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placing cams horizontally
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beyond_gravity


Apr 6, 2003, 1:18 PM
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placing cams horizontally
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in horizontallys, i'm taking it that you would want the outter lobes on the bottem, right? it just seems better...or does it really matter at all?

The only reason I ask is that i'm tieing off my Friends and want to make sure i do it onto the right side.


sheldonjr


Apr 6, 2003, 1:26 PM
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I don't think it really matters.


petsfed


Apr 6, 2003, 2:29 PM
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It only matters on TCU's (eg 3 cam units) where the outside ones should be down for the strongest placement. For FCU (4 cam units) its not as necessary. For the most bomber placement go outside down, but if you have a choice between bombproof, but the middle two cams are down and crappy but the outside cams are down, then pick the bombproof one.


dirtineye


Apr 6, 2003, 4:57 PM
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Well, will someone then explain why it matters if the single lobe side of a tcu is up or down if all other things are equal? I have a feeling there is no good explanation, but go ahead.

I think this is like asking if it matters if a tricam is point up or point down.

Place it in the way the piece fits best, that's what counts. Up or down on inner lobes or the single lobe of a tcu should not matter if you think about the forces acting.


benkiessel


Apr 6, 2003, 5:14 PM
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i don't think it is like tri-cams, because i place my tri-cams in horizontal cracks with the small point down and the webbing over the top, so the webbing is not rubbing on the rock as much. for cams, i don't think it matters at all.


petsfed


Apr 6, 2003, 5:37 PM
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Thinking about it more, I don't think there is a good reason. Mountaineering: Freedom of the Hills says so, and I'm being a brainless parrot. There is nothing in either or John Long's anchor books that implies such a thing. Old school paranoia perhaps?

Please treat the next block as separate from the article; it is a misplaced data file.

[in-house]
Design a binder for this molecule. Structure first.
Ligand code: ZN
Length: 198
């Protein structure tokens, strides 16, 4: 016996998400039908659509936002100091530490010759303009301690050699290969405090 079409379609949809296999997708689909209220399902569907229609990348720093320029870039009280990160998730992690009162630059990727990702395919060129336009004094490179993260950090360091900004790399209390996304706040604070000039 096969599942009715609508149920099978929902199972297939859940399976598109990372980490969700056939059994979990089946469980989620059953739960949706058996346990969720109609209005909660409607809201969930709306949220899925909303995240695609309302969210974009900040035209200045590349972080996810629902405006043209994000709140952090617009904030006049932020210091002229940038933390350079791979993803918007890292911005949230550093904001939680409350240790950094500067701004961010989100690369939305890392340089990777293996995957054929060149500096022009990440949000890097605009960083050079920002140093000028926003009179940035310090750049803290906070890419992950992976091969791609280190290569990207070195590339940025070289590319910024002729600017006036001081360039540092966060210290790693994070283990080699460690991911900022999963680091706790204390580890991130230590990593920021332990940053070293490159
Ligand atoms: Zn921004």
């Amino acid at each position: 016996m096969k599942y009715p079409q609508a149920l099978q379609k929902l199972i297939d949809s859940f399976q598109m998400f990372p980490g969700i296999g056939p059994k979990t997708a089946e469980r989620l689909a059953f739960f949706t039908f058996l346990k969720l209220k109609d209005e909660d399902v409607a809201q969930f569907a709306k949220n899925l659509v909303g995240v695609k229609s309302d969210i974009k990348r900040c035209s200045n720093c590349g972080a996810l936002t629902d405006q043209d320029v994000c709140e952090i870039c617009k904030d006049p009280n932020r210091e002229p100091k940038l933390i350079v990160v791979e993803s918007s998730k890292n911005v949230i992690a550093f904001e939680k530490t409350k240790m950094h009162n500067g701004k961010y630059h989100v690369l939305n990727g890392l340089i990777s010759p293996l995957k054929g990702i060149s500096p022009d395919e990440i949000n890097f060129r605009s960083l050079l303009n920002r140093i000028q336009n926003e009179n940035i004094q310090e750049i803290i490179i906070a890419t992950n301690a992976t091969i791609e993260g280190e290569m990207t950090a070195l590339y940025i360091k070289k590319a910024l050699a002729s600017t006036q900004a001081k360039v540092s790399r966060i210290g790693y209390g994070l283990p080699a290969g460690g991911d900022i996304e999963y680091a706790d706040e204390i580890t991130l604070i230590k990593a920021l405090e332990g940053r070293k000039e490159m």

jhwnewengland


Apr 6, 2003, 5:46 PM
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You really should make it so that you can place them both ways, Whether or not a cam is more stable with the outside lobes down, there WILL be times when you want it the other way because it fits in the crack better. So either use two tie-offs, or:

I would make the tie-off long enough that it can go around the stem and sling of the cam to the other side. I know you wouldn't be able to clip the regular sling that way, but that really shouldn't be a problem - the cam would pull out of the rock before your tie-off cord broke. Also, if you really wanted to clip the sling as well you could just extend it with a draw so it was longer than the tie-off. But again, I don't think that's necessary.


jhwnewengland


Apr 6, 2003, 5:49 PM
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Oh wait, that wouldn't work, it would get in the way of the wires. Use two tie-offs then. It really is nice to be able to use both orientations.


calpolyclimber


Apr 6, 2003, 6:36 PM
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For what its worth, both my WC Tech Friend and Clog Cam (yes, even the sheets are the same) info sheets show the middle cam lobes down when they show the horizontal placement... My oppinion is that it does not matter.

Heres why: The forces acting on the cam head are going to be just about the same (at least on a flex stem cam) as if the cam were in a vertical, because the stem will be bent over the edge of the crack, and create a horizontal pull on the head of the cam.


verticallaw


Apr 6, 2003, 6:38 PM